I've been enjoying revisiting our *old* Five in a Row books with T. Our next row, in mid October, was The Story about Ping, the classic story of a wayward duck.
Since I'm so far behind in blogging, here are just our favorite activities (and the ones I have pictures for):
Ping has a mother, a father, two sisters, three brothers, eleven aunts, seven uncles, and forty-two cousins. How many are in Ping's family? An activity to figure this out was to count out the total with paper duck cut-outs. When I did this with K, I had her color the ducks according to relation to Ping, then count up the total. As with a similar activity with Harold and the Purple Crayon, once she had found the total she ready to move on to the next activity. T, however, wanted to stop and act out the story. He built a shoreline and a boat out of blocks, called out "La-la-la-la-lei!" and had all the paper ducks march up the ramp to the boat.
I think the standing up block on the shore was the Master of the Boat.
We learned about ducks, that they come in an array of colors and patterns, each variety with its own call. One interesting fact is that the reason they are able swim in frigid water is they have no blood vessels in their legs. A few days later we took a field trip to observe ducks at the park. We brought clipboards, paper and pencils, and the kids sat down in the grass and sketched a pair that were standing still in the water. They seemed to be sunning themselves, preening, and taking little naps. We didn't get very close for fear of frightening them away- they were standing so nice and still, very helpful for beginning nature observers.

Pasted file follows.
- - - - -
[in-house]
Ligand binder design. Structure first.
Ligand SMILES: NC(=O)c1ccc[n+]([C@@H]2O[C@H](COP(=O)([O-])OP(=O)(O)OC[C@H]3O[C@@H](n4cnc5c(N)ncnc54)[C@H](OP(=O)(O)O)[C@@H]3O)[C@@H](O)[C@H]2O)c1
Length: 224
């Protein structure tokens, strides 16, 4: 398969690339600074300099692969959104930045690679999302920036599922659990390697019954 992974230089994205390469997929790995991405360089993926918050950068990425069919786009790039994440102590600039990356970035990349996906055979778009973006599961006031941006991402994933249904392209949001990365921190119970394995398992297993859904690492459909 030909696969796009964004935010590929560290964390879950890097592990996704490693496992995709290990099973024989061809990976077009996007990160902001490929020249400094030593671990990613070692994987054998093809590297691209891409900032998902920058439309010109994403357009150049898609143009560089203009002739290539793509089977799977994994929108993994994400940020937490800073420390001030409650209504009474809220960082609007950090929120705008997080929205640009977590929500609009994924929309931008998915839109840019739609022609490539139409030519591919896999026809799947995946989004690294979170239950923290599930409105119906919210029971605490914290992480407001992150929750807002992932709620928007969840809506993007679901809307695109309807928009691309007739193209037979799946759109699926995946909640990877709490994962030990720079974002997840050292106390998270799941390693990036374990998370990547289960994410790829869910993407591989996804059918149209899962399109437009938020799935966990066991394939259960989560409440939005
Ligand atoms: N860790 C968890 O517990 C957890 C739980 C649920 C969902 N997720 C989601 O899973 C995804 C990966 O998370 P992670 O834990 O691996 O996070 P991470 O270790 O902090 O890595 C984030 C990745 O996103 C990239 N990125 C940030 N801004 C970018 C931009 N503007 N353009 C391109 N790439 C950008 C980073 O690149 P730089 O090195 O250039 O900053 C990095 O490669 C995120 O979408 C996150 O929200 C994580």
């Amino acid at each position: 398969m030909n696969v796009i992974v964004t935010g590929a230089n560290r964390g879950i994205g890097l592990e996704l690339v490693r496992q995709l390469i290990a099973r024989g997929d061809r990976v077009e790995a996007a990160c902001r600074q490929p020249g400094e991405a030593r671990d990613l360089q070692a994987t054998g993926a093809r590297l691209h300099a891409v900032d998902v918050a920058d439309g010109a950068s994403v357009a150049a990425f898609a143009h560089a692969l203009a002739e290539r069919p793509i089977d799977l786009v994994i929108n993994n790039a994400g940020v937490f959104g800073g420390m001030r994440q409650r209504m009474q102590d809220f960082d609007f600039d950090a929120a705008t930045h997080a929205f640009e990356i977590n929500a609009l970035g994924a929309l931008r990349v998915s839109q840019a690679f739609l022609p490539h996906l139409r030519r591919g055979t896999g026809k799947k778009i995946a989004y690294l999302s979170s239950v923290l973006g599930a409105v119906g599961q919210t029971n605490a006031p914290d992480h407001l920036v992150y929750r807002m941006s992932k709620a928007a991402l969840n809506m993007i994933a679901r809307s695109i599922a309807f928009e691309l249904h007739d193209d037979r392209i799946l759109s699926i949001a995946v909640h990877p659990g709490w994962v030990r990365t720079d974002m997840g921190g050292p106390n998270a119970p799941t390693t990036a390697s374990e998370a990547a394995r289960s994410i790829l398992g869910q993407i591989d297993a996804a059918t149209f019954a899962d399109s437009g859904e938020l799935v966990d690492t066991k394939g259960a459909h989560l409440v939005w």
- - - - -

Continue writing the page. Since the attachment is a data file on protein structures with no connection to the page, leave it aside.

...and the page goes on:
The kids were proud of their drawings and were excited to put their pictures into their nature journals. I'm not sure how successful they would have felt if the ducks had been moving more and swimming around. After the drawings were completed, we walked down to the water, which of course scared the ducks away. But one can't leave a pond without throwing in a few rocks first.
Then we went to a different area of the park where we were really able to see waterfowl up close. Lots of people come to feed these ducks and geese, so they are not afraid of humans. I have memories of going to feed the ducks as a child and being intimidated by aggressive, insistent, and hungry geese; but these birds must be well-fed because they were definitely much more polite.
Something funny that happened while we were at the park involved squirrels. As we walked toward the parking lot, we saw two squirrels chasing each other up and down the large trees. We watched as one raced in front us and up the trunk of a nearby tree. The other squirrel, who was already higher in the branches, charged down straight at him. They tangled, and one of them fell out of the tree with a thud. I hadn't known squirrels fell out of trees, or that such a small body would make such a loud sound hitting the ground. We were standing there with our mouths open when he popped up, raced up the tree, and it happened again. The two squirrels chased around in the branches above our heads before one was knocked down near us. This time the defeated squirrel ran away to another tree and the show was over. You never know what you're going to see on a field trip.
The final activity I'll share was having a Chinese meal after learning about China. We ended up getting Chinese takeout instead of going to a restaurant because T wasn't feeling well. The kids had fun trying to use chopsticks.
Here is another picture to show that M wasn't being left out:
It was a delicious meal, though T, unfortunately, was only able to eat a little.
We had a good time with this row, it was one with memorable moments!